(WASHINGTON) — A recent spate of deadly attacks by Afghan forces on U.S. troops has prompted the U.S. military in Afghanistan to change its policy on arming its members, ordering that service members now be armed at all times, inside and outside their bases.
In the most recent “green on blue” attack, an Afghan policeman turned his weapon on U.S. troops Friday, killing two soldiers.
This is just the latest in a deadly two-week span for U.S. forces, ABC’s Muhammad Lila reports. Nineteen U.S. troops and one aid worker have been killed in Taliban attacks in the past two weeks, nine of them shot to death in cold blood by rogue Afghan soldiers or policemen.
The number of “green on blue” attacks this year already exceeds the total for last year. Since the beginning of 2012, there have been 31 attacks resulting in 39 deaths, far more than last year’s 21 total attacks.
U.S. military and Afghan police will continue to work side by side as control of the country exchanges hands. In order to counter recent attacks, U.S. military leadership has altered its previous policy on when and where troops should be armed.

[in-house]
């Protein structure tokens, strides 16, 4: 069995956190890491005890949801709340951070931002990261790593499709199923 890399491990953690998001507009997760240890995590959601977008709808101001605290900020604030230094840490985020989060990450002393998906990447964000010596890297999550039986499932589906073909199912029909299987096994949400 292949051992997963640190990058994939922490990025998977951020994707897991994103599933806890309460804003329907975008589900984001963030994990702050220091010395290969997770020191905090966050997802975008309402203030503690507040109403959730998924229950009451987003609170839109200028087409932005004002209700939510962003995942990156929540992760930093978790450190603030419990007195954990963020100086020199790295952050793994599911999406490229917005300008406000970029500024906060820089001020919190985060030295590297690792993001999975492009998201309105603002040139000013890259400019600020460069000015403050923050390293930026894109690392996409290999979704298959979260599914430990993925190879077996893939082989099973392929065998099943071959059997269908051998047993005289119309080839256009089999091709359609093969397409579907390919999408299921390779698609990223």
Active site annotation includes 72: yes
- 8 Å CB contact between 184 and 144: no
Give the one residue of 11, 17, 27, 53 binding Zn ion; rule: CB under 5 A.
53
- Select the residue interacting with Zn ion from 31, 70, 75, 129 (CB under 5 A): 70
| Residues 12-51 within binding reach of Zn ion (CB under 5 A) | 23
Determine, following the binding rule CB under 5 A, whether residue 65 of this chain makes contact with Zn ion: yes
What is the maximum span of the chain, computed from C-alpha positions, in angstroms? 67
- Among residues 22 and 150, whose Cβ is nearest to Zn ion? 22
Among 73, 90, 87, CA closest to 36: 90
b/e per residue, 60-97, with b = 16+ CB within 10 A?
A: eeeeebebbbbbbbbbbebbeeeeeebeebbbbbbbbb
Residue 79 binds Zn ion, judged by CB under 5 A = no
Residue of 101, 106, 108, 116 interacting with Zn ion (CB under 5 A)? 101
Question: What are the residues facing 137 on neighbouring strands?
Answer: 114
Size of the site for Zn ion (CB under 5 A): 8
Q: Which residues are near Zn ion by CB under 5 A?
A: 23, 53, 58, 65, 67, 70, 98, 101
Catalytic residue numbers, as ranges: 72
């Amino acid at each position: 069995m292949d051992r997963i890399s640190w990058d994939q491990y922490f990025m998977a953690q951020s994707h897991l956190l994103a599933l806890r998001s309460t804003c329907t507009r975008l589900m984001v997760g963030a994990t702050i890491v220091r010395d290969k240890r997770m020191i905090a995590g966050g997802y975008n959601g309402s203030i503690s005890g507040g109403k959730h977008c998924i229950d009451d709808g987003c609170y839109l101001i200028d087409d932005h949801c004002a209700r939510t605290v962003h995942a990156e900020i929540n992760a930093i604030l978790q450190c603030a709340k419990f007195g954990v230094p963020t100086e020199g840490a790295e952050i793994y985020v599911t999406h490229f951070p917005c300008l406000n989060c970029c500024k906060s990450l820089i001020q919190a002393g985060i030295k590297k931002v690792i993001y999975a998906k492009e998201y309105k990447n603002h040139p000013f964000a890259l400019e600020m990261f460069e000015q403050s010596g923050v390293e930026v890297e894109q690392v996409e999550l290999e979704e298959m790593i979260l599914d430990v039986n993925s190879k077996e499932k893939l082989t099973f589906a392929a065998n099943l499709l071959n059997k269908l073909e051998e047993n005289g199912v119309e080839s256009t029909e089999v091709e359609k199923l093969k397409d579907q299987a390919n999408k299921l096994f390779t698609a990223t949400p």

A senior U.S. military officer at International Security Assistance Force headquarters in Kabul told ABC’s Martha Raddatz forces throughout Afghanistan are now required to carry a loaded magazine in their personal weapon.
“Before, we usually did that only when we went out the gate,” the official told Raddatz. “[Now] it applies everywhere. I am sitting in my office with a mag in my pistol. A round is not chambered, but I am ready to go at a moment’s notice.”
The “green on blue” attacks might be shaking the trust between Afghan and ISAF partners in Afghanistan.
Earlier this year, Gen. John Allen, commander of all NATO troops in Afghanistan, counseled young Marines on how to react after these types of attacks.
“This is the time for professionalism,” Allen said. “This is the time for trust and confidence, and this is not the time for revenge.”
Marines on the ground told Raddatz earlier this year that they trust their Afghan partners, but the attacks have gotten worse since then.
The Taliban often claim responsibility for the attacks, and a recent Taliban-produced video showed an Afghan soldier receiving a hero’s welcome after killing two U.S. soldiers.
Copyright 2012 ABC News Radio
Tim Hume, CNN Newswire
Michael Pearson, Faith Karimi and Ian Lee, CNN